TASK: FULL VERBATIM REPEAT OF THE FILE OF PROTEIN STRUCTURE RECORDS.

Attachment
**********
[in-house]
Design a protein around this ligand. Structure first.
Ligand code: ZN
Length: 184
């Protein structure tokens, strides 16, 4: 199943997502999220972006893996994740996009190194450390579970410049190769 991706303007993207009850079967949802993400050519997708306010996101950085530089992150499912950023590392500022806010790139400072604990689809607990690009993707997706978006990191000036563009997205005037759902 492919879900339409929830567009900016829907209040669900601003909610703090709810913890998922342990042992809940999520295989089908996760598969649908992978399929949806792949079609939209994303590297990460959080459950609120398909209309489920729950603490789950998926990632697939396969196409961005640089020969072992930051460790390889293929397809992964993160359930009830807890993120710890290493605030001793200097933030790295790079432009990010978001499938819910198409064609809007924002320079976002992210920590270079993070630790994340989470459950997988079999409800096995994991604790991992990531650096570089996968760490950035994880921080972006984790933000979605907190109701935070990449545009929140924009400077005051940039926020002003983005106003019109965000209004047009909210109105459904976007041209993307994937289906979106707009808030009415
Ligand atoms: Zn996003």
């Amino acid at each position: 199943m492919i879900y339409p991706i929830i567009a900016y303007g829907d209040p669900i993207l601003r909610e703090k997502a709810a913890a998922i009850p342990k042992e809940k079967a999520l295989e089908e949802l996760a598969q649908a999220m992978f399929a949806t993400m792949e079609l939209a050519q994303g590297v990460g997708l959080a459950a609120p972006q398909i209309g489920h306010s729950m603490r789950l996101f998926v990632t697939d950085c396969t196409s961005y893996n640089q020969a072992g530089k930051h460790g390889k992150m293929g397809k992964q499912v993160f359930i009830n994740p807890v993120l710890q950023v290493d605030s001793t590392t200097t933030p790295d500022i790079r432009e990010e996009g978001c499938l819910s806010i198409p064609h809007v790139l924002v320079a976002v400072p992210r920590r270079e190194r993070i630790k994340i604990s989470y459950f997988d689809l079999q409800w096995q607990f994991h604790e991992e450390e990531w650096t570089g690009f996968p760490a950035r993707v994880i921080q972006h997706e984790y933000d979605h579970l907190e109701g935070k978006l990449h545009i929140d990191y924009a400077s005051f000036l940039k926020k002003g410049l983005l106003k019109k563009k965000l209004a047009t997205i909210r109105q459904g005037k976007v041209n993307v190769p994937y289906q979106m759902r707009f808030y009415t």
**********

[in-house]
Design a protein around this ligand. Structure first.
Ligand code: ZN
Length: 184
């Protein structure tokens, strides 16, 4: 199943997502999220972006893996994740996009190194450390579970410049190769 991706303007993207009850079967949802993400050519997708306010996101950085530089992150499912950023590392500022806010790139400072604990689809607990690009993707997706978006990191000036563009997205005037759902 492919879900339409929830567009900016829907209040669900601003909610703090709810913890998922342990042992809940999520295989089908996760598969649908992978399929949806792949079609939209994303590297990460959080459950609120398909209309489920729950603490789950998926990632697939396969196409961005640089020969072992930051460790390889293929397809992964993160359930009830807890993120710890290493605030001793200097933030790295790079432009990010978001499938819910198409064609809007924002320079976002992210920590270079993070630790994340989470459950997988079999409800096995994991604790991992990531650096570089996968760490950035994880921080972006984790933000979605907190109701935070990449545009929140924009400077005051940039926020002003983005106003019109965000209004047009909210109105459904976007041209993307994937289906979106707009808030009415
Ligand atoms: Zn996003």
């Amino acid at each position: 199943m492919i879900y339409p991706i929830i567009a900016y303007g829907d209040p669900i993207l601003r909610e703090k997502a709810a913890a998922i009850p342990k042992e809940k079967a999520l295989e089908e949802l996760a598969q649908a999220m992978f399929a949806t993400m792949e079609l939209a050519q994303g590297v990460g997708l959080a459950a609120p972006q398909i209309g489920h306010s729950m603490r789950l996101f998926v990632t697939d950085c396969t196409s961005y893996n640089q020969a072992g530089k930051h460790g390889k992150m293929g397809k992964q499912v993160f359930i009830n994740p807890v993120l710890q950023v290493d605030s001793t590392t200097t933030p790295d500022i790079r432009e990010e996009g978001c499938l819910s806010i198409p064609h809007v790139l924002v320079a976002v400072p992210r920590r270079e190194r993070i630790k994340i604990s989470y459950f997988d689809l079999q409800w096995q607990f994991h604790e991992e450390e990531w650096t570089g690009f996968p760490a950035r993707v994880i921080q972006h997706e984790y933000d979605h579970l907190e109701g935070k978006l990449h545009i929140d990191y924009a400077s005051f000036l940039k926020k002003g410049l983005l106003k019109k563009k965000l209004a047009t997205i909210r109105q459904g005037k976007v041209n993307v190769p994937y289906q979106m759902r707009f808030y009415t």